Waste management organisation arc21 says it welcomes plans for the construction of a waste gasification facility in east Belfast.
Opponents of the arc21/Becon Consortium plan to build an Energy from Waste plant near Mallusk have claimed that the plans published recently by Full Circle Power and Bombardier negate the need for a £240m incinerator at Hightown Quarry.
Indeed, South Antrim MLA and Assembly Environment Committee Deputy Chair, Pam Cameron, said: “Clearly the proposed arc21 development is neither acceptable to the area’s residents, nor necessary, as permission has already been granted for the plant in Belfast. The Full Circle Power development at Bombardier has the capacity to deal with all the domestic and commercial waste we produce in Northern Ireland.”
But welcoming the Bombardier plans, a spokesman for arc21 - the waste management body for Newtownabbey and 10 other local council areas - commented: “arc21 is pleased that the sponsors of the proposed Bombardier Energy from Waste (EfW) facility agree that Northern Ireland has to move away from landfill and develop more sustainable solutions.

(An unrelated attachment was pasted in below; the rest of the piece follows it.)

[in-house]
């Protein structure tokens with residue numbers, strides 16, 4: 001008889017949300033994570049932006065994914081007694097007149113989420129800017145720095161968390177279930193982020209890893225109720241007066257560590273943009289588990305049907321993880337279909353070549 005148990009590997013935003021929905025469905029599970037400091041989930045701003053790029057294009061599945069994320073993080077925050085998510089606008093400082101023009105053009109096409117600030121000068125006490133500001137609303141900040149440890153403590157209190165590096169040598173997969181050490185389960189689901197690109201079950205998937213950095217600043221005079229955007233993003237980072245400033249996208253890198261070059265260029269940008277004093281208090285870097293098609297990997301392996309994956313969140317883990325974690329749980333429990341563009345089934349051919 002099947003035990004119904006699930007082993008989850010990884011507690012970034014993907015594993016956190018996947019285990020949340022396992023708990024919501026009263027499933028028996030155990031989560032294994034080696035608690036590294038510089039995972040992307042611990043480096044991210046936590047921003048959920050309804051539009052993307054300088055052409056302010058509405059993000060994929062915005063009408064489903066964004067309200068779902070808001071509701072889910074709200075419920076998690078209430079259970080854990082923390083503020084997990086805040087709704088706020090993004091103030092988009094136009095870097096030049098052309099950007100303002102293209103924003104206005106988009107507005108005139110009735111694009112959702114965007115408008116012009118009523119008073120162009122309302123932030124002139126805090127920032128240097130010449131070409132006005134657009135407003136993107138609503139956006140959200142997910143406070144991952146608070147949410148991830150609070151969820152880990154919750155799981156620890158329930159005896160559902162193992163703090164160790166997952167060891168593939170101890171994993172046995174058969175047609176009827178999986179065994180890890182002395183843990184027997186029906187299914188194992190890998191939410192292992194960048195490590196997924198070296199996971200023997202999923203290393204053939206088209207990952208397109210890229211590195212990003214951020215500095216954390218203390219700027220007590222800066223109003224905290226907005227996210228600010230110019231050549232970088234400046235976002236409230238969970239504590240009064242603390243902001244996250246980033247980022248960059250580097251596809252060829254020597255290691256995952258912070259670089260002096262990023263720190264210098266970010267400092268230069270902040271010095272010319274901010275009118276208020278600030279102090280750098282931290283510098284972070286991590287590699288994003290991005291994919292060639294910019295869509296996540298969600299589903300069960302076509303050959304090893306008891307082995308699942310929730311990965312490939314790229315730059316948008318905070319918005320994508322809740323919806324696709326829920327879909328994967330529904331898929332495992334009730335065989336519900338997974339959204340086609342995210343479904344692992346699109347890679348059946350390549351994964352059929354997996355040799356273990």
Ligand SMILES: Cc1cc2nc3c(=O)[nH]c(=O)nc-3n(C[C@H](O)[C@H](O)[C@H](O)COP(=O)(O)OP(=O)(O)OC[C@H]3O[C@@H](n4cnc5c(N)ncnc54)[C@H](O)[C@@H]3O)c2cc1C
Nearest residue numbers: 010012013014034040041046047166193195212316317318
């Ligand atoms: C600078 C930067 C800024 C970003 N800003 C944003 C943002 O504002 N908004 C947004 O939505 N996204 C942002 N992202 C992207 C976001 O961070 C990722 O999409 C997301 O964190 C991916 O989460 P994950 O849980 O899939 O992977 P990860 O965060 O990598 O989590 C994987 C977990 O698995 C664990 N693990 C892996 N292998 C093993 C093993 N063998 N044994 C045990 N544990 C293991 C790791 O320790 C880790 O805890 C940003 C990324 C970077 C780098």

“There is scope for more than one Energy from Waste plant in the region to enable Northern Ireland to progress towards a situation similar to that in Switzerland, Germany and Holland which, according to the latest EU statistics, combine minimal landfill, high recycling levels and EfW technology.”
He added: “The specially-designed suite of self-contained facilities being proposed by arc21 have been developed, refined and finessed to meet the particular long-term needs of the arc21 councils which cover 54 per cent of Northern Ireland’s population. The development of these plans has been a comprehensive process which has been conducted within the due democratic and legislative framework, including liaison with various government departments.”
Meanwhile, the Becon Consortium has rubbished suggestions that one of the UK’s leading energy suppliers has withdrawn its interest in the Hightown project.
Becon, which this week highlighted the findings of a report by Cranfield University which concludes that Energy from Waste plants have “no significant effect” on local property prices, described the rumours of E.ON pulling out of the consortium as “not true”.